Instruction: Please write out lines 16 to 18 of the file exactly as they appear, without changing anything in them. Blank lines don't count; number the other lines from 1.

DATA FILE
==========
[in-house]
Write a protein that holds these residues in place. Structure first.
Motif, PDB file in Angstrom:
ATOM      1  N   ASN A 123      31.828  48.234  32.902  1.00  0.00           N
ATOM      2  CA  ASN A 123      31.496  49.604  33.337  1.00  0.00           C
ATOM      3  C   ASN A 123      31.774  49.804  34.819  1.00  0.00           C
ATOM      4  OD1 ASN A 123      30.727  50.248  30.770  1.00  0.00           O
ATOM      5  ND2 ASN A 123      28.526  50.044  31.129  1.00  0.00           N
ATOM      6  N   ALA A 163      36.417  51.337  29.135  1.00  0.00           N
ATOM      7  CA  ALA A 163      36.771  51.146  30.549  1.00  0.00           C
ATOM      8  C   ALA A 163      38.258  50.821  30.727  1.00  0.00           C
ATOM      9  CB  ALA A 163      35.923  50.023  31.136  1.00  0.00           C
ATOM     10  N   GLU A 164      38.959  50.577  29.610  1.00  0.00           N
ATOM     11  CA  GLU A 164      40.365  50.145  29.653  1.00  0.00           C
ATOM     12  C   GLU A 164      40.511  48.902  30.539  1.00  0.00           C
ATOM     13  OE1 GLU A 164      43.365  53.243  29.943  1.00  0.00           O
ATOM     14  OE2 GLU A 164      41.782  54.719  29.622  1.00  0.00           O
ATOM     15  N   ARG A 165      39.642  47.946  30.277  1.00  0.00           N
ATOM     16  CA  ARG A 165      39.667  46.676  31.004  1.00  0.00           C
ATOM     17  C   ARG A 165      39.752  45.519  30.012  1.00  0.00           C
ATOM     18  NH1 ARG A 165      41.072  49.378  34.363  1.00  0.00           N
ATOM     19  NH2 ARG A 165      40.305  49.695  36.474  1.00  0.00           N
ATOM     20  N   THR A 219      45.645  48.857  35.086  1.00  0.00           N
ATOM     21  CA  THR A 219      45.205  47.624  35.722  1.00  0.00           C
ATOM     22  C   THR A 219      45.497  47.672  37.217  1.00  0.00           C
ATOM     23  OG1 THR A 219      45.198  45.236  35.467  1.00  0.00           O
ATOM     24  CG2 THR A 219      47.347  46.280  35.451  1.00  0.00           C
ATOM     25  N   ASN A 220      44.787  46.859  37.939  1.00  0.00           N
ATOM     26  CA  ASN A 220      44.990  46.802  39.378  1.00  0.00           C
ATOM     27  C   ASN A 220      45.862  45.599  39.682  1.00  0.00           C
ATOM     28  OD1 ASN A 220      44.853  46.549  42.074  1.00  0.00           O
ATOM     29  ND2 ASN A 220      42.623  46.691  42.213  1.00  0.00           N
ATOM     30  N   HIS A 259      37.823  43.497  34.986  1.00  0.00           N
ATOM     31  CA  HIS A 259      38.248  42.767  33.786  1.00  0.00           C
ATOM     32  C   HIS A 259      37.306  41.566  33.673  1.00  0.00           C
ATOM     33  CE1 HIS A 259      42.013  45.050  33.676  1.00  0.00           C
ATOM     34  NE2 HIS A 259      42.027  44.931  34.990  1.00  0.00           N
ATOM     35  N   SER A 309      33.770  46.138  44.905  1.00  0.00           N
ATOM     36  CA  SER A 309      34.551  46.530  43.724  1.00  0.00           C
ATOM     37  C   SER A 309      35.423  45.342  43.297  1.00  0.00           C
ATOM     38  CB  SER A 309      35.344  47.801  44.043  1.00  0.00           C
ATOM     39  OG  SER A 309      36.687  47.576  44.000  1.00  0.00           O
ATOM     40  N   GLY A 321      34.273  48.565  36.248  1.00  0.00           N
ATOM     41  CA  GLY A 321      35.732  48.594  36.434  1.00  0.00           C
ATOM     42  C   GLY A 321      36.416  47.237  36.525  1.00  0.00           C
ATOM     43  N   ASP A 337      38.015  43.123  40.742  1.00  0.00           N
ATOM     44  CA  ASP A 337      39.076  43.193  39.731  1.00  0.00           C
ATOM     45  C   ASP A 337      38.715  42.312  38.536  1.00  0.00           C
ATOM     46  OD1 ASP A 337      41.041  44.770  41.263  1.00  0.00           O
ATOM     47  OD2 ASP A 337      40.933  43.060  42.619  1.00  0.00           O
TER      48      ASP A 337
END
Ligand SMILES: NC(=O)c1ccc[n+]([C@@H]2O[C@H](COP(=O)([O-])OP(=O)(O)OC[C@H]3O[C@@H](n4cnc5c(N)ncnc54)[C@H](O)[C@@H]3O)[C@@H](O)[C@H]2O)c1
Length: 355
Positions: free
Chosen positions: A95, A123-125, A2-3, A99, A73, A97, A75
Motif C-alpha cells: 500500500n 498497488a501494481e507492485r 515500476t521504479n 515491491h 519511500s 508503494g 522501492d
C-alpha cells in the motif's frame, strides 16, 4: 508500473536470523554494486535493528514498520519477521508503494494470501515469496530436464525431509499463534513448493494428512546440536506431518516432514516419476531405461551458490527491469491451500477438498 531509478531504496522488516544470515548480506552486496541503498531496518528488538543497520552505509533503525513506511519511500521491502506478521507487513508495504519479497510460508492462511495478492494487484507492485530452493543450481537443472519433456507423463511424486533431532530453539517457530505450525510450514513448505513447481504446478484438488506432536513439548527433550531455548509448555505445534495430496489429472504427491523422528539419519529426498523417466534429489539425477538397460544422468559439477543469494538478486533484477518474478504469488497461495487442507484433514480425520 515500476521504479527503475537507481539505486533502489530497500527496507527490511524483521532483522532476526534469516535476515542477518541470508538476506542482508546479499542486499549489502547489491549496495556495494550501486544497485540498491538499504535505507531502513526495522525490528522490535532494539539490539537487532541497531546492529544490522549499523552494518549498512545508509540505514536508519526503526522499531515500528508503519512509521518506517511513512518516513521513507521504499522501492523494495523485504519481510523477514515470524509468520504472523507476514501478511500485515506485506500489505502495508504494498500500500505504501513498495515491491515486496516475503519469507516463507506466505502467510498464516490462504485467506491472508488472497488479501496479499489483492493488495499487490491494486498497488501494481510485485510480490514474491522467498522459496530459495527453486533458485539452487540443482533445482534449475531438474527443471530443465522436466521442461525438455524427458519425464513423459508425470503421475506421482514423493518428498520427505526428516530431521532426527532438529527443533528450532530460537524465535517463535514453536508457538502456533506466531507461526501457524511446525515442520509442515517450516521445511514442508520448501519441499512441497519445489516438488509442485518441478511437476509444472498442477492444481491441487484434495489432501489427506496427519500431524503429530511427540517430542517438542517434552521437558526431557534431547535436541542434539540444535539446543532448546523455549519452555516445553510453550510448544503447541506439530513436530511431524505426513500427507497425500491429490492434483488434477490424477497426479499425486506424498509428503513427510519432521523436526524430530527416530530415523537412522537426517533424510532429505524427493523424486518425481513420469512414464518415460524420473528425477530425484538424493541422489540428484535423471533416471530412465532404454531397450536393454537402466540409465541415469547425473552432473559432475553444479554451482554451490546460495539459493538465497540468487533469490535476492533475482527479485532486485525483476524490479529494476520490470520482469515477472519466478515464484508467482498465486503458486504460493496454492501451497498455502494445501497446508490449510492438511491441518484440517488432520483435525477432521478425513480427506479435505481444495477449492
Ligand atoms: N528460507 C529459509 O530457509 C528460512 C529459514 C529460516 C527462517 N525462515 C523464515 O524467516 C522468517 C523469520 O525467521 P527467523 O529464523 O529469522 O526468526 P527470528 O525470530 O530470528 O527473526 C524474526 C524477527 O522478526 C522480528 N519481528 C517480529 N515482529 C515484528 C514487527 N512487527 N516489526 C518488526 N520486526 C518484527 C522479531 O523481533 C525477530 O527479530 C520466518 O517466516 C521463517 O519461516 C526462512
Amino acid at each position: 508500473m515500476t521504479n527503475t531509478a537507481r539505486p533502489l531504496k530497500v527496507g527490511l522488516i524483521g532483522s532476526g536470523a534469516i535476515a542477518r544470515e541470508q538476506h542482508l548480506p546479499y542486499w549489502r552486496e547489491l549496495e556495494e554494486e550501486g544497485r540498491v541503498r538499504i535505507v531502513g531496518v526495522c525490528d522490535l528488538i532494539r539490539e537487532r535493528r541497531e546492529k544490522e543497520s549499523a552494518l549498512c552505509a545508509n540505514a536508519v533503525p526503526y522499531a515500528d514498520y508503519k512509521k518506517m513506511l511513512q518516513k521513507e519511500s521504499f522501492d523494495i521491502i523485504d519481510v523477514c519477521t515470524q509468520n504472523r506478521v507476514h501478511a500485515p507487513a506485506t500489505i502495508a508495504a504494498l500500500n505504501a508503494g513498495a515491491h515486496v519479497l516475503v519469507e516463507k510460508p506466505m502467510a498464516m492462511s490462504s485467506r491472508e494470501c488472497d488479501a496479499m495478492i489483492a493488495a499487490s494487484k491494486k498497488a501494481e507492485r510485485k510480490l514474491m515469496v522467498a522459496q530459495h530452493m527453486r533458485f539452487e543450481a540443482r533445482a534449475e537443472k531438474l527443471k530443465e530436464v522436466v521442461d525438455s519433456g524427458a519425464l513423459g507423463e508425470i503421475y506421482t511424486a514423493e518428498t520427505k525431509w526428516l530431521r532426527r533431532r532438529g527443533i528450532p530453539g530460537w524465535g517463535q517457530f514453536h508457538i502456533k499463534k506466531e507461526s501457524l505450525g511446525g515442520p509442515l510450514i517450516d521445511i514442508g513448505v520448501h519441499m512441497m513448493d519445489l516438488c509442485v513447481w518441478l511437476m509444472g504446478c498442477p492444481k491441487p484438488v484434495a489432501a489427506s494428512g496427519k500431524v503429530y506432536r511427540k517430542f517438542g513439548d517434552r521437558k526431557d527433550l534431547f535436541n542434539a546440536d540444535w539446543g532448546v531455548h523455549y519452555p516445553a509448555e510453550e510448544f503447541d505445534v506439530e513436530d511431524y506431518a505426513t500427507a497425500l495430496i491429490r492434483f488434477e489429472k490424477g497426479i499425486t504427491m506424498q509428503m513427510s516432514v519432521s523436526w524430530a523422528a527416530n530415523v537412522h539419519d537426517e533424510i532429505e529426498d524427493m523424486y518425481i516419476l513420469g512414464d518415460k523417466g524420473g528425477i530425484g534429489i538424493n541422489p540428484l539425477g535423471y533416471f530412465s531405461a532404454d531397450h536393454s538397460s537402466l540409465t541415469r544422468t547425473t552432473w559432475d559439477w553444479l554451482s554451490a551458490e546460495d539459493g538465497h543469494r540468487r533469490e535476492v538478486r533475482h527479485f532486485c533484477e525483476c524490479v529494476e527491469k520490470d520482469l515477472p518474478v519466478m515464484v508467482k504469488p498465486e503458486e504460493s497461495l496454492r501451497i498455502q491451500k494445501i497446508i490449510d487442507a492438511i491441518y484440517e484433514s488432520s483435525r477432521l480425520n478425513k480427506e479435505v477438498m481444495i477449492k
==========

ATOM     13  OE1 GLU A 164      43.365  53.243  29.943  1.00  0.00           O
ATOM     14  OE2 GLU A 164      41.782  54.719  29.622  1.00  0.00           O
ATOM     15  N   ARG A 165      39.642  47.946  30.277  1.00  0.00           N